• My Greatest Failure: Papet's, involving Florette.
  • Nature Spirit: Manon in Manon of the Spring can be seen as playing at this.
  • Nude Nature Dance: In tandem with the Outdoor Bath Peeping. Manon's dance is a rare example of this trope being played non-cheesily.
  • Outdoor Bath Peeping: In Manon of the Spring, a particularly creepy example occurs when Ugolin stumbles upon and watches Manon.
  • The Patriarch: Papet, who engineers the plot of Jean de Florette to the advantage of his nephew Ugolin and himself.
  • Redemption Equals Death: Ugolin and Papet, each of whom wills his property to Manon at their deaths.
  • Scenery Porn: The movie was filmed in Provence, France, and has since brought many tourists to the region.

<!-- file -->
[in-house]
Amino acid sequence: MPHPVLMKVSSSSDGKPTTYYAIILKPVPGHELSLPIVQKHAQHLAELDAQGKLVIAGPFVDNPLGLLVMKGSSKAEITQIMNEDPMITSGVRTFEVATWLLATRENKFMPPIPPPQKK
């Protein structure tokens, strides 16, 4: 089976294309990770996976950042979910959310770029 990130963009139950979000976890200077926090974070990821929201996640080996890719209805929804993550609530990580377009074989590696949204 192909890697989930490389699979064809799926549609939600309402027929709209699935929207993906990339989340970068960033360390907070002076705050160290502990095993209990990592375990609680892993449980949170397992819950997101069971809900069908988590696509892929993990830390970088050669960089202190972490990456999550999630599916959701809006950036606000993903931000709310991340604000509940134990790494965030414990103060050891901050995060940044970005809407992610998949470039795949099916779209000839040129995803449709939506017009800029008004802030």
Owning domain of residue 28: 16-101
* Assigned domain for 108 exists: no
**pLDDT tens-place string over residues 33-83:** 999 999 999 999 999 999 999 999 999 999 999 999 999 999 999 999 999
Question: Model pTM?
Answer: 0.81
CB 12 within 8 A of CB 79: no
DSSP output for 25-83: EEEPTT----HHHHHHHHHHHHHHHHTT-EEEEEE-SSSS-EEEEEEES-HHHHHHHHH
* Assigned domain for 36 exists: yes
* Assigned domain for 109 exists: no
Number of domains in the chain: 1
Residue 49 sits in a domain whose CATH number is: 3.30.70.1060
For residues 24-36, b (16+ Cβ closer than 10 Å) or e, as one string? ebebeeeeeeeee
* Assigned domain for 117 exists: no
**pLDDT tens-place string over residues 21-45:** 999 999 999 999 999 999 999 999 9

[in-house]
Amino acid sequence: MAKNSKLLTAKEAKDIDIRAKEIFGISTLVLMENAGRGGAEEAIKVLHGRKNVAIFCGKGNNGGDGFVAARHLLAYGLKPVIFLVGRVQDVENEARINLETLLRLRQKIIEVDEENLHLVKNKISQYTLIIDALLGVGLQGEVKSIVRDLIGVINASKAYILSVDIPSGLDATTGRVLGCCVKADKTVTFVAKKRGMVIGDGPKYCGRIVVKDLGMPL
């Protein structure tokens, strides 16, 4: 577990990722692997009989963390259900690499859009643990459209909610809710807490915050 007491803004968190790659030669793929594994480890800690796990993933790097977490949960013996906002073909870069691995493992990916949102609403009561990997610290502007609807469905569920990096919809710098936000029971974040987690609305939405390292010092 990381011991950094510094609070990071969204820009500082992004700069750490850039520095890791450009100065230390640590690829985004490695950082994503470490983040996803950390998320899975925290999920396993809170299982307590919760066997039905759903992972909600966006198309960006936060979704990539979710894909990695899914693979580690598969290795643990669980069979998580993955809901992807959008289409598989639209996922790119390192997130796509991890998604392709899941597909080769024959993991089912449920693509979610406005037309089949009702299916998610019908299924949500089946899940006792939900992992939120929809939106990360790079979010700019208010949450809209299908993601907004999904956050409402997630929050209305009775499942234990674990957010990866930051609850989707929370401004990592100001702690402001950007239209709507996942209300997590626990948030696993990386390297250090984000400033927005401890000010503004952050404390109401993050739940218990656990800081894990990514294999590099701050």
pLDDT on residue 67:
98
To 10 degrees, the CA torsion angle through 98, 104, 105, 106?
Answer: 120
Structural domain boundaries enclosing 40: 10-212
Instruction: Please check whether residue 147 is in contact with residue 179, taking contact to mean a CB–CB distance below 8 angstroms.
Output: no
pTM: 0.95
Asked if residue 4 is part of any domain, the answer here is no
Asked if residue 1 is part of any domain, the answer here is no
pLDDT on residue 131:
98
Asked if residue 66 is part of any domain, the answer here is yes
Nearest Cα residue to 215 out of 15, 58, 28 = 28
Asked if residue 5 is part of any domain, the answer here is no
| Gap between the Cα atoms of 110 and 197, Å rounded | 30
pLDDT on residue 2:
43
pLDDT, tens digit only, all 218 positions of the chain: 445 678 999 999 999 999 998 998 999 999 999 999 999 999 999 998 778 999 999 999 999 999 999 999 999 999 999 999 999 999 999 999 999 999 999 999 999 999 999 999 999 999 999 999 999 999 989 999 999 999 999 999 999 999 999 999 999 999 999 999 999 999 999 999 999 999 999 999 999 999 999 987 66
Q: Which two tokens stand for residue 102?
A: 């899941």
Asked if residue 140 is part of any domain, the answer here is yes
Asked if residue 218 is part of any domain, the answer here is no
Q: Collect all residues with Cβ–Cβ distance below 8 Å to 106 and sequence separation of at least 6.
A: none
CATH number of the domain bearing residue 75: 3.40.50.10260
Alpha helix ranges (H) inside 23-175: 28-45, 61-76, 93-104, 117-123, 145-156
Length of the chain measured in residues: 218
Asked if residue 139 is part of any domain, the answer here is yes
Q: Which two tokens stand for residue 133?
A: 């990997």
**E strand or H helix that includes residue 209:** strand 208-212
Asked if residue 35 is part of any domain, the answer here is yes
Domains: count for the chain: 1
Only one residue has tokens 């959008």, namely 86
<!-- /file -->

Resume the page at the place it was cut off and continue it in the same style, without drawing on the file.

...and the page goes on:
• Secret Keeper: Manon, the villagers, Papet and Ugolin, and the old blind woman.
  • Shallow Love Interest: Though you'd rather have Manon be with Bernard than Ugolin, Bernard is definitely this.
  • Single Woman Seeks Good Man: Jean and his wife; Manon and Bernard, over Ugolin who disgusts her.
  • Stalker with a Crush: Ugolin, concerning Manon.
  • This Means War: In Jean de Florette, this is Papet's response to another farmer disgracing the family name.
  • Too Dumb to Live: Ugolin sews one of Manon's ribbons into his own skin, right above his heart as a symbol of his love. He dies of the resulting infection.
  • Triang Relations: Type 4 in Manon of the Spring. Manon, Ugolin, and Bernard.
  • Twist Ending.
  • Villain Protagonist: Both Ugolin and Papet have pretty despicable motivations -- greed and petty vengeance, respectively. And although the deaths they cause are accidental, both times they show little remorse and quickly jump to how to take advantage of the situation.
  • Wild Child: Manon by the time of Manon of the Spring gives this impression to the village people. However she still has the good education her father gave her, and spends much of her time reading.
  • You Killed My Father: Manon toward Papet and Ugolin.